A number of factors should be considered when making judgements about conditions at the balance sheet date. This includes the timing and impact on stakeholders such as staff, customers, and suppliers, of travel restrictions, quarantines and lockdowns, closure of businesses and schools; and government support initiatives. With each of these events, companies have to determine whether an event shines a brighter light on conditions at the balance sheet date or if conditions changed after the reporting date.
This evaluation in financial reporting is important because it affects the forecasting of future income and cash flows, which are based on conditions that existed at the balance sheet date. Estimating recoverable amounts might be very different for the same asset if the calculation was performed for a 2019- or 2020-year end.
Upholding values of corporate transparency and trust
In these times of uncertainty and crisis, it is even more important to be transparent about risks and assumptions used in financial reports, and to make disclosures as specific to the business as possible, to avoid the risk of financial reporting being downplayed. In fact, market regulator Singapore Exchange (SGX) and rating agency Fitch Ratings have recently cautioned companies against using alternative performance measures such as Ebitdac (earnings before interest, taxes, depreciation, amortisation and coronavirus) in their interim financial reports to flatter results, and stressed that “disclosures must be balanced and fair and avoid omission of important unfavourable facts”.
More than ever, businesses must continue to diligently uphold values of corporate transparency and trust and continue to disclose transparent and quality information to investors and other stakeholders. In order to do this, directors are tasked with the important responsibility to comply with various reporting standards and understand the circumstances of particular disclosures to provide a fair and balanced assessment of the company’s financial position and performance.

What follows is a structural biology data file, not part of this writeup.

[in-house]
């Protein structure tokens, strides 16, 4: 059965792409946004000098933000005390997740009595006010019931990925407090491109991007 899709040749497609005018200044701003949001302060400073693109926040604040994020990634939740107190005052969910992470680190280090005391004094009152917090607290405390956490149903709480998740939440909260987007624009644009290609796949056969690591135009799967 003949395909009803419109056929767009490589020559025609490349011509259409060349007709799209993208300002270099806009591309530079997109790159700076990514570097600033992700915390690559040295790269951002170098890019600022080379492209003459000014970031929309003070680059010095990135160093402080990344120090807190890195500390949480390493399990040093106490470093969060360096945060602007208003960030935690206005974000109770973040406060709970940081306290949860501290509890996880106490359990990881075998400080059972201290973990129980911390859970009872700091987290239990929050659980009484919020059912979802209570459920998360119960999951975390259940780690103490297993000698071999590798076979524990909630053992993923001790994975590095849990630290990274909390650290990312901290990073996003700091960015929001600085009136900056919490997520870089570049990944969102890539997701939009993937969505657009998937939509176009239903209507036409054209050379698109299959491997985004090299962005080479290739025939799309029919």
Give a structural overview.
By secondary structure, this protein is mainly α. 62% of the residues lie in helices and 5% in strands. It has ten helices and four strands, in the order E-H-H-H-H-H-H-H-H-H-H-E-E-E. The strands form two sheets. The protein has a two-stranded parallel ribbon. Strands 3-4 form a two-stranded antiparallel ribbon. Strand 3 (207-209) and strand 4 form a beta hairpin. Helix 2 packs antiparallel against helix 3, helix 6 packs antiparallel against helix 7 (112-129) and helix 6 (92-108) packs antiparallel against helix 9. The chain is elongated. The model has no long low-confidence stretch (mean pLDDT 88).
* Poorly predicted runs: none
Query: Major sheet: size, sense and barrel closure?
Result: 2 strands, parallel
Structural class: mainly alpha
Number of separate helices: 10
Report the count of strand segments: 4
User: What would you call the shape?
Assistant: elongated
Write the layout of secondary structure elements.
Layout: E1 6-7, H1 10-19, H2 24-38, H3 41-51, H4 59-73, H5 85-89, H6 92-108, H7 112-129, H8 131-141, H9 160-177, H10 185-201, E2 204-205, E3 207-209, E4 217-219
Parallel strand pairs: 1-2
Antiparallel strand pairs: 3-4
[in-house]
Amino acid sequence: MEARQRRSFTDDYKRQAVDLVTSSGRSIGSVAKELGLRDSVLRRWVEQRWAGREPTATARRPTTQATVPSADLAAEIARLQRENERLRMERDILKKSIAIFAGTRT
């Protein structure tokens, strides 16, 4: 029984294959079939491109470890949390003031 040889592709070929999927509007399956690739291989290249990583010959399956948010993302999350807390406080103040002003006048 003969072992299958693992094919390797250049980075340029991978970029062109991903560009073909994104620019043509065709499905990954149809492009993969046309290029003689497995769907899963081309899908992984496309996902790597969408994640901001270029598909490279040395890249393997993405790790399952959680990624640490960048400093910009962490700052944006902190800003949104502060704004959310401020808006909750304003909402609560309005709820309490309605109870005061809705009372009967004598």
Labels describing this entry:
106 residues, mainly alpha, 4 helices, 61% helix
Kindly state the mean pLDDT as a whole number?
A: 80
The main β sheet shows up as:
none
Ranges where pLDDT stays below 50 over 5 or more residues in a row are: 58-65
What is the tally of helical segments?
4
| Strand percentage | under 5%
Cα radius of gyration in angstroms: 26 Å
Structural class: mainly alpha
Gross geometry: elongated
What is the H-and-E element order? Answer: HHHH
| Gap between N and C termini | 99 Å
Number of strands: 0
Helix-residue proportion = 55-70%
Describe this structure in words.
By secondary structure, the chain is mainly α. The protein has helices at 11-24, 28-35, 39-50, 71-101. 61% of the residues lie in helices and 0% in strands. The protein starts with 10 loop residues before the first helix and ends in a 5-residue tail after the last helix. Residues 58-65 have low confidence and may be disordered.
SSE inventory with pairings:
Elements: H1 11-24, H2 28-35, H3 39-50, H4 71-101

Covid-19 also has significant implications for audit reports on company financial statements. Preparing and auditing financial statements poses tough calls in difficult and unclear circumstances for directors and auditors. It is vital that these uncertainties are interpreted appropriately and in the context of the current unprecedented circumstances
As the business impact of COVID-19 continues to unfold and affect economies and the future of many organisations, businesses should continue to consider both their situation but also the wider economic landscape they operate in and reflect that in their financial reports.
 SGX warns against use of ‘earnings before coronavirus’ metric, The Business Times, 27 July 2020
Akerton Partners S.L. is a Spanish independent mid-market corporate finance advisor founded over a decade ago, in 2008, amid a global financial crisis. A group of professionals with extensive industrial and financial experience, decided to start providing clients with the value added necessary in situations where specialization, experience, commitment and know how make the difference. The firm specializes in providing financial advice to companies, their shareholders, investors, and lenders.